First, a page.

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Jolene: A Life
Submitted by Jane Hale (profile)

Title and Author: "Jolene: A Life" by E. L. Doctorow. (The New Yorker. Dec. 23 and 30, 2002: 102-113.)
Genre: Short story
Class type: Co-ed, ages 18-25

Doctorow recounts the difficult life of a girl named Jolene who marries at 15 to get out of her latest foster home. For the next ten years, she lives through adulterous affairs, the suicide of a spouse, commitment to a psychiatric hospital, multiple bad marriages to losers and abusers, occasional prostitution, a series of menial jobs along with a few good ones, a brush with the mob, and being accused of kidnapping her own baby and subsequently losing him. She is a talented artist who develops her talent for drawing throughout the story almost despite herself, yet at the end, she dreams only of becoming a famous movie star so she can be reunited with her child.

I used this story on the first night of class, along with T. C. Boyle's Greasy Lake. Students received the stories in the mail two weeks before class started and were asked to read them before the first night. Since I had a co-ed class, I wanted to balance the heavily male flavor of Greasy Lake with an equally complex tale of female experience with violence and bad choices. Students understood the story and responded positively to it. They decided that Jolene made all kinds of bad choices in her life, and that the problems she had were mainly her own fault. However, they didn't make the connection between her unrealistic dream at the end and her past failures until I pointed it out to them.

Suggested discussion questions:

--Can you describe Jolene?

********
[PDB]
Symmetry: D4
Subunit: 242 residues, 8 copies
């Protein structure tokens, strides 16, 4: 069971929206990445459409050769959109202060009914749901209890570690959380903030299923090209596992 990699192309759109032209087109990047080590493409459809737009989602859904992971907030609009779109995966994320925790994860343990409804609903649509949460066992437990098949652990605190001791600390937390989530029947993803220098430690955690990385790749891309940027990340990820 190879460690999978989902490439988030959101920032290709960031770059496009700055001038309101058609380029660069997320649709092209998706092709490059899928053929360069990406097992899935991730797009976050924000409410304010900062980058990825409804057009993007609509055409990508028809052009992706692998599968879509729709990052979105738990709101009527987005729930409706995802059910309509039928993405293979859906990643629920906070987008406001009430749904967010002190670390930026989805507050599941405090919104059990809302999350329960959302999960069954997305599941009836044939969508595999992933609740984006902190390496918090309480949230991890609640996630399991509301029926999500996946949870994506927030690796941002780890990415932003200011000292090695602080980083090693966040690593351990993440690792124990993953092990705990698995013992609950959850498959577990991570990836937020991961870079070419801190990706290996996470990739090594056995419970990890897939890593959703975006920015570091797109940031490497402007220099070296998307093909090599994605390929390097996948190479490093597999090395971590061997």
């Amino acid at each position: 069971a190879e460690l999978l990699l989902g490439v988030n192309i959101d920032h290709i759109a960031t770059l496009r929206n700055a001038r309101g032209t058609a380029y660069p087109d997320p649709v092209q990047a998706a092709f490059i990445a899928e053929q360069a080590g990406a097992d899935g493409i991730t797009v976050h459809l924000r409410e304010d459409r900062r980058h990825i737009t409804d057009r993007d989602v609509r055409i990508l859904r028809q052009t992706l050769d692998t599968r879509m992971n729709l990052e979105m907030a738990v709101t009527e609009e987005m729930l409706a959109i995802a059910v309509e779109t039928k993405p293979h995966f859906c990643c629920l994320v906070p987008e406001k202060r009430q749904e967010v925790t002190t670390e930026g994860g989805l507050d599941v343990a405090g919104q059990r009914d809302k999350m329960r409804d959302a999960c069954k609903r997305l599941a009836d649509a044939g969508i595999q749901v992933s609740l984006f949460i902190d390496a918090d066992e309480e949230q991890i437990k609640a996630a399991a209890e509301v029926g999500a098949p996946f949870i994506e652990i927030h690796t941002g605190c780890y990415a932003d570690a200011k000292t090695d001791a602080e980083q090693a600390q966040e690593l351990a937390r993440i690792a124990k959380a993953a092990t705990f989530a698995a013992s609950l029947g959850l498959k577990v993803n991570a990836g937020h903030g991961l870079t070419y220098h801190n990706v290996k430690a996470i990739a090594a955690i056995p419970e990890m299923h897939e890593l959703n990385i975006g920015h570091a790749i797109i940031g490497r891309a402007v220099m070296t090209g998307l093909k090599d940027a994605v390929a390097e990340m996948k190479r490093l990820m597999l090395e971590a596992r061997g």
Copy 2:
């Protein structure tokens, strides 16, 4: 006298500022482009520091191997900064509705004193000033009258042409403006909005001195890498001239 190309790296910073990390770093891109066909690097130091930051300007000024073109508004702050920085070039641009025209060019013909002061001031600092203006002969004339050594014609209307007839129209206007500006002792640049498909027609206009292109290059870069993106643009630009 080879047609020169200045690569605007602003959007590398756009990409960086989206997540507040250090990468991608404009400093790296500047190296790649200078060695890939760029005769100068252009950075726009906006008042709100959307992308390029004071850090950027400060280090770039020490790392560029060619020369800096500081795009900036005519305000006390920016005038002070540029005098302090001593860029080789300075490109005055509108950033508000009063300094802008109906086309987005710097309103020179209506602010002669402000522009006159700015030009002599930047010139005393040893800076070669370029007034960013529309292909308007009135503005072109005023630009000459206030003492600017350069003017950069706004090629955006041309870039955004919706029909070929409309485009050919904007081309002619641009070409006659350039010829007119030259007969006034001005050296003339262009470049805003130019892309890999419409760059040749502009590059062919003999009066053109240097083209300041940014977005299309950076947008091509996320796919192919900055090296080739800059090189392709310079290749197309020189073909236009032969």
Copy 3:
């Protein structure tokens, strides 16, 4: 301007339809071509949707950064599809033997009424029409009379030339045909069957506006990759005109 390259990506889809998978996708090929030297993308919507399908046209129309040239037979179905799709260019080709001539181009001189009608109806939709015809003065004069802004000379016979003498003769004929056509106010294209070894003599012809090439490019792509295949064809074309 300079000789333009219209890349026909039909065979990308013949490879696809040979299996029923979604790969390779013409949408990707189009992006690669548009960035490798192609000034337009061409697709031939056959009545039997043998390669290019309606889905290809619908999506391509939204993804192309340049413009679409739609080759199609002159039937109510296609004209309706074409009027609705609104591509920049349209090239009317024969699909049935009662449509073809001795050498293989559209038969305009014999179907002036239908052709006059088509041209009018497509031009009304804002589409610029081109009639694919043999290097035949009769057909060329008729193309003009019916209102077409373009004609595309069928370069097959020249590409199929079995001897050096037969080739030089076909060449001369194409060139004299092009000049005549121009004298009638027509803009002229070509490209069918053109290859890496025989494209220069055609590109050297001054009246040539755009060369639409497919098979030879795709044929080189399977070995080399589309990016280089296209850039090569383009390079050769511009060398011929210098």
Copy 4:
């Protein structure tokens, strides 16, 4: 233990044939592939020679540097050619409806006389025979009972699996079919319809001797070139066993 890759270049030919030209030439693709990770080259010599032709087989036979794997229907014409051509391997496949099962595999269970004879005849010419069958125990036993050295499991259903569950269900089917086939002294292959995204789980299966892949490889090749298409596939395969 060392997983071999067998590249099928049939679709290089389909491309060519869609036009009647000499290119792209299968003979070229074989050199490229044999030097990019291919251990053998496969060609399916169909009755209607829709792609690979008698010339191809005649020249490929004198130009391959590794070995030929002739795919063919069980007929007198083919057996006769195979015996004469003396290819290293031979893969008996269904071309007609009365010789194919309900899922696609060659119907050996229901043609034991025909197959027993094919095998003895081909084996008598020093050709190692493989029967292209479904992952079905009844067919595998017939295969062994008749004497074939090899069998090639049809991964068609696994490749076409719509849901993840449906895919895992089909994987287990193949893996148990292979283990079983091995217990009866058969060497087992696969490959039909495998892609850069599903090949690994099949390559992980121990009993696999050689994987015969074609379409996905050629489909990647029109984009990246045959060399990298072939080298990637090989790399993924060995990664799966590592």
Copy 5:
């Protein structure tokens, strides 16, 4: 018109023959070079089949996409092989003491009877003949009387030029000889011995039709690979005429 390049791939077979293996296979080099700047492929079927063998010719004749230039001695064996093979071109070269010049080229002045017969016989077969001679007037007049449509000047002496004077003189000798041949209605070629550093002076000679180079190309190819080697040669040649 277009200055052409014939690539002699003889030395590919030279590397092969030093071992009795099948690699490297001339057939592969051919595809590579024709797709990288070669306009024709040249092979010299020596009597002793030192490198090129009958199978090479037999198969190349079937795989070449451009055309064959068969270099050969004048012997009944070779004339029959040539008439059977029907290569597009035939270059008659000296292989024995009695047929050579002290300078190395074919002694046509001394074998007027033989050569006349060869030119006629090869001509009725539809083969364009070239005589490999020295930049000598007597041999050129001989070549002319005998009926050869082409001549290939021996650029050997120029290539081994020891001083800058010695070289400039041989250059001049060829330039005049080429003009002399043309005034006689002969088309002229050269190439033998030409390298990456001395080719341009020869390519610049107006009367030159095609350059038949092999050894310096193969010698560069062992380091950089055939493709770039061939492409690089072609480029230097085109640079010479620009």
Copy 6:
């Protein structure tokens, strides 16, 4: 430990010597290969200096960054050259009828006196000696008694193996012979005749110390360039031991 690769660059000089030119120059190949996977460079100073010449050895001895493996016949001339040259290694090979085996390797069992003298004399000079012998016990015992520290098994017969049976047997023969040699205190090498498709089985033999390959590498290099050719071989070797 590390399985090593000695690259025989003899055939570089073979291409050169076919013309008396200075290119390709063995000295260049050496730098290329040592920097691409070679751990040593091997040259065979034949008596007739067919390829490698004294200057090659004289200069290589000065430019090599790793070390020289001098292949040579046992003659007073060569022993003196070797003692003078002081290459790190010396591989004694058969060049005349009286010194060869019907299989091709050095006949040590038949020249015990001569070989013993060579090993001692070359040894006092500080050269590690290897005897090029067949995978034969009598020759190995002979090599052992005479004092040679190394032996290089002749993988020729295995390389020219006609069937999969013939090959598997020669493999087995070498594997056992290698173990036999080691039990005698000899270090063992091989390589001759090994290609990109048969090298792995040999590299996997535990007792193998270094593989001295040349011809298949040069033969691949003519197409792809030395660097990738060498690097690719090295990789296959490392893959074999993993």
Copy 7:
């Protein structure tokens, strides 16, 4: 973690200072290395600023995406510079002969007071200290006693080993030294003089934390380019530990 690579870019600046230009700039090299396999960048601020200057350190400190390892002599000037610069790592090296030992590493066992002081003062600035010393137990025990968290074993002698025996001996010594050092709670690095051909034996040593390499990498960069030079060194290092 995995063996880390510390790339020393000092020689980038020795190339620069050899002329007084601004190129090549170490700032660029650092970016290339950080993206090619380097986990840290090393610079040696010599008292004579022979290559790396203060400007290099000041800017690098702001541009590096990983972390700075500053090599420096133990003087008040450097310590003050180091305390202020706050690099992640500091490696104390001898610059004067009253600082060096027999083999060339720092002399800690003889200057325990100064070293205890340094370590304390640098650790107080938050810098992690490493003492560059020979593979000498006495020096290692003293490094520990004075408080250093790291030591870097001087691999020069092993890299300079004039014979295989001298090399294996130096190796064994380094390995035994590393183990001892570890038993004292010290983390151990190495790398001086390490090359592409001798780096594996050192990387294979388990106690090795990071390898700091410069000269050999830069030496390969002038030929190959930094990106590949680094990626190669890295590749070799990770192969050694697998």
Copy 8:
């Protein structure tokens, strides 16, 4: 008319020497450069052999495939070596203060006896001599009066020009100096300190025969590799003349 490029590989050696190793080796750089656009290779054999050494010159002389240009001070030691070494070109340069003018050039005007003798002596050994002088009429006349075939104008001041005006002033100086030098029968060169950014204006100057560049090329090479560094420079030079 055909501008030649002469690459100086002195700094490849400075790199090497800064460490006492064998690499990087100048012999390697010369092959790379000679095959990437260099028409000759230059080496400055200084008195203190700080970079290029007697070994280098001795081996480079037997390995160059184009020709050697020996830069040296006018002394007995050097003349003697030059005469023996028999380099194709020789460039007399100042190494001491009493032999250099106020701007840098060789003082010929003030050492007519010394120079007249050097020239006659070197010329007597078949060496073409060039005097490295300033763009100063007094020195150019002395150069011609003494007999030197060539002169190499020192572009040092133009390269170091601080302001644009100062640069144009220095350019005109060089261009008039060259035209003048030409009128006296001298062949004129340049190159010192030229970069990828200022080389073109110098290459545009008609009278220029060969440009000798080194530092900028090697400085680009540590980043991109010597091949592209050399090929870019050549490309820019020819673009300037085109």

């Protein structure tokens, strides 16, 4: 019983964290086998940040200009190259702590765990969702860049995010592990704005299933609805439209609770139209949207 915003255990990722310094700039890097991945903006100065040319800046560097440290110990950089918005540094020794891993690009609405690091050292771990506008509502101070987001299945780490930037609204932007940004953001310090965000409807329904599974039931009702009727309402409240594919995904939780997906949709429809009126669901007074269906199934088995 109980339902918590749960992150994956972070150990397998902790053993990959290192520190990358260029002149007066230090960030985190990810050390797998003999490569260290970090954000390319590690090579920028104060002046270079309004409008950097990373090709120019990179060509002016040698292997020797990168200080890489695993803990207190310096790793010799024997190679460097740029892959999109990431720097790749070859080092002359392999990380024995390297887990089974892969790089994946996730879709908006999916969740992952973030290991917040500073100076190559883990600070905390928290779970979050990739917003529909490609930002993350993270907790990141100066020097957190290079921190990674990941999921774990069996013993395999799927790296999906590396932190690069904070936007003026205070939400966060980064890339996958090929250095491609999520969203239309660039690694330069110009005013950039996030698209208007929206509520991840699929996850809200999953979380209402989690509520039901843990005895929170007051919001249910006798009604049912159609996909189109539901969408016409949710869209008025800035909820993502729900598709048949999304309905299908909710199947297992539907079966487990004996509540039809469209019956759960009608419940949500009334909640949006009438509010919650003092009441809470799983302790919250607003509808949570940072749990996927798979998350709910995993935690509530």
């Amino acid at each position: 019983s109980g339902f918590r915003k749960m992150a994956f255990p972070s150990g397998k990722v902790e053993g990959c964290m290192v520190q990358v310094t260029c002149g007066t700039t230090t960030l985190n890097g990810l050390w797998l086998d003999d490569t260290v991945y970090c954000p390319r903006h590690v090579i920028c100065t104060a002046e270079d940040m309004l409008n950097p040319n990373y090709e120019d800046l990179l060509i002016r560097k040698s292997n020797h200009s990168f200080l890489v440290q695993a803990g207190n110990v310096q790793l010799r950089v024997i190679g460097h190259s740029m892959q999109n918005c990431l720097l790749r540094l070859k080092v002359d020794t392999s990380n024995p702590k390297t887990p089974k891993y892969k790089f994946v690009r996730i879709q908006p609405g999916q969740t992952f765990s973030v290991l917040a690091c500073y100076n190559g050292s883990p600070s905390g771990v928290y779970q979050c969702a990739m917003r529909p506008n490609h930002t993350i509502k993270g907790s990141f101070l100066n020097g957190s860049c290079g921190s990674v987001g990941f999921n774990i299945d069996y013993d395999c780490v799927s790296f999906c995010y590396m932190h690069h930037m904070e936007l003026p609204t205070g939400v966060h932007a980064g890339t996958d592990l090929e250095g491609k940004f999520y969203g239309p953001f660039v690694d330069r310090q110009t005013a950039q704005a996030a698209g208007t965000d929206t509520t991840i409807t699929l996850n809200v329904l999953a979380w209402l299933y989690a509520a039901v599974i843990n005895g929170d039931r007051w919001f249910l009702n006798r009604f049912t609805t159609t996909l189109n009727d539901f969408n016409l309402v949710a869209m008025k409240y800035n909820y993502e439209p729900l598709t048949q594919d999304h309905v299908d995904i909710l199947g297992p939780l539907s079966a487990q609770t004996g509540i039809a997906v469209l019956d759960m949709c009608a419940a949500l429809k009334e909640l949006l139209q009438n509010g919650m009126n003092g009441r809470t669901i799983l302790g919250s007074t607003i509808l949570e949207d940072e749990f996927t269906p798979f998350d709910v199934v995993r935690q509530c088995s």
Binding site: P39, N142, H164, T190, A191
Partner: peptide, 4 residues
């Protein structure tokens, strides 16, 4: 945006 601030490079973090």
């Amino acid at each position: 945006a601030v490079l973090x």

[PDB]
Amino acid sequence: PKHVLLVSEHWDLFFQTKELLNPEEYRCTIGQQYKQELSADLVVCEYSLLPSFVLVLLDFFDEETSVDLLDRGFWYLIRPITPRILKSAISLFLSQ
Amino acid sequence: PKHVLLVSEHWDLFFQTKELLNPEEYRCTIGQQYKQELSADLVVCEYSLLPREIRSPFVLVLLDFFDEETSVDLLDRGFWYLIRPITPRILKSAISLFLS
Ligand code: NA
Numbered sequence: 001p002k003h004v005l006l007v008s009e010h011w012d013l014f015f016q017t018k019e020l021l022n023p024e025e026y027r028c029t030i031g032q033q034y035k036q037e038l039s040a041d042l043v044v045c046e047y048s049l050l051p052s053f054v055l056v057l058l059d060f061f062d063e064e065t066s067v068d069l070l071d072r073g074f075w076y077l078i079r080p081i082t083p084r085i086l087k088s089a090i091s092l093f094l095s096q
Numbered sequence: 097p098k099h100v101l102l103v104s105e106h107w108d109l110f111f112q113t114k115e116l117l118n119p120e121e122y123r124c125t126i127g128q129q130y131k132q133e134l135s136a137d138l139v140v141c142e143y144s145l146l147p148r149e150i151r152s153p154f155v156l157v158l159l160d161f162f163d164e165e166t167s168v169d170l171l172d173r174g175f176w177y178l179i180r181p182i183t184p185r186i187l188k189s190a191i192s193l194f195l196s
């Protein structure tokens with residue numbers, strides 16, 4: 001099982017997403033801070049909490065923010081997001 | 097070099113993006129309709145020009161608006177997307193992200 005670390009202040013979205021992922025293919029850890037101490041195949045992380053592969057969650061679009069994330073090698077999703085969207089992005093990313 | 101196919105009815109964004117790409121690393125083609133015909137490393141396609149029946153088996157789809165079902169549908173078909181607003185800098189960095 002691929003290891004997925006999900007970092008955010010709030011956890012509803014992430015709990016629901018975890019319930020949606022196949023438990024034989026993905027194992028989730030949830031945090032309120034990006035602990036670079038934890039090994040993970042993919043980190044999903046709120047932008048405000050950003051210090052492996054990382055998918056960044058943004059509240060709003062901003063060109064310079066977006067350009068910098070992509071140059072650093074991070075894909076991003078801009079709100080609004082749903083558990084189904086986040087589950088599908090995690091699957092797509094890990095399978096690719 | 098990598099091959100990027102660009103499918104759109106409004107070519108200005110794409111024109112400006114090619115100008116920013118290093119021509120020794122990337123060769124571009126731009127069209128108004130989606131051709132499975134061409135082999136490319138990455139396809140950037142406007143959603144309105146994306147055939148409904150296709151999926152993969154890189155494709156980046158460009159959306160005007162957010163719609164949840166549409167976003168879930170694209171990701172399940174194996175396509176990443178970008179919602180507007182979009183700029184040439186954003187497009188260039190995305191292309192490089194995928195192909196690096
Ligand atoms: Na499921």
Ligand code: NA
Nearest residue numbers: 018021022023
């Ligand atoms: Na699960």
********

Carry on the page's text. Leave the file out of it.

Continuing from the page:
--Is Jolene brave? Foolish? Smart?
--What does she want?
--Does she change, learn, grow over the course of the story?
--Does she make poor choices?
--What does art mean to her? How does it weave as a theme throughout the story?
--Is there something in your life like Jolene's art, something of your own that keeps popping up and stays, no matter what?
--Why does Jolene go from one man to another? Does she have other choices? Are any of the men she lives with good to her?
--On page 110, Doctorow writes that Jolene looks "hard." What does that mean? How does a person get that way?
--On page 110, when Sal is killed, Jolene's "life changes, as lightning strikes, and in an instant what was is not what is." Have you ever had such a moment, when your life changed suddenly, as if lightning struck it?
--On page 111, Doctorow writes that Jolene "liked the way she felt" on her own. She had "come of age." So why doesn't she stay in this good spot in her life? Why does she get involved with Brad? Did you know from the beginning that he was bad news? How?
--Is Jolene a victim or a victor or both?
--At the shelter for battered women, Jolene had been told "it happens once, that's it, you leave" (p. 112). Do you agree with this advice? Why didn't Jolene take it?
--Why is her baby so important to Jolene?
--What do you think lies in store next for Jolene?

Writing prompts:

Since I used this on the first night of class, with another story, I asked:

--Which of tonight's stories did you enjoy most?
--What kind of stories would you like to read in the course? Do you have any titles to suggest?

Student responses:

Half liked Jolene and half preferred Greasy Lake. Here are some comments from those who voted for Jolene:

--"This story reminded me of some of the ups and downs I went through growing up - how I realize I shouldn't rely on others to be happy or to wait for that one moment that you thought was good and in the end you regret it."
--"It was fast-moving. She made mistakes and poor choices but she had lots of spirit and never gave up...I liked how she moved all over the country and met so many different people."
--"I could relate to some of the choices she made. Also it didn't really leave off with a sense of needing more."

Additional writing prompts:

--Pretend you are Jolene. Write a letter to "Dear Abby" asking for advice. Write Abby's response, too.
--Write the next chapter of Jolene's life.

Connected course reading: This story connects well with T. C. Boyle's Greasy Lake, Jhumpa Lahiri's Sexy, Susan Glaspell's A Jury of Her Peers, Tillie Olsen's I Stand Here Ironing, or Joyce Carol Oates's Where Are You Going, Where Have You Been?


The Paris Review

Meet the Writer with E. L. Doctorow on the Barnes and Noble website.

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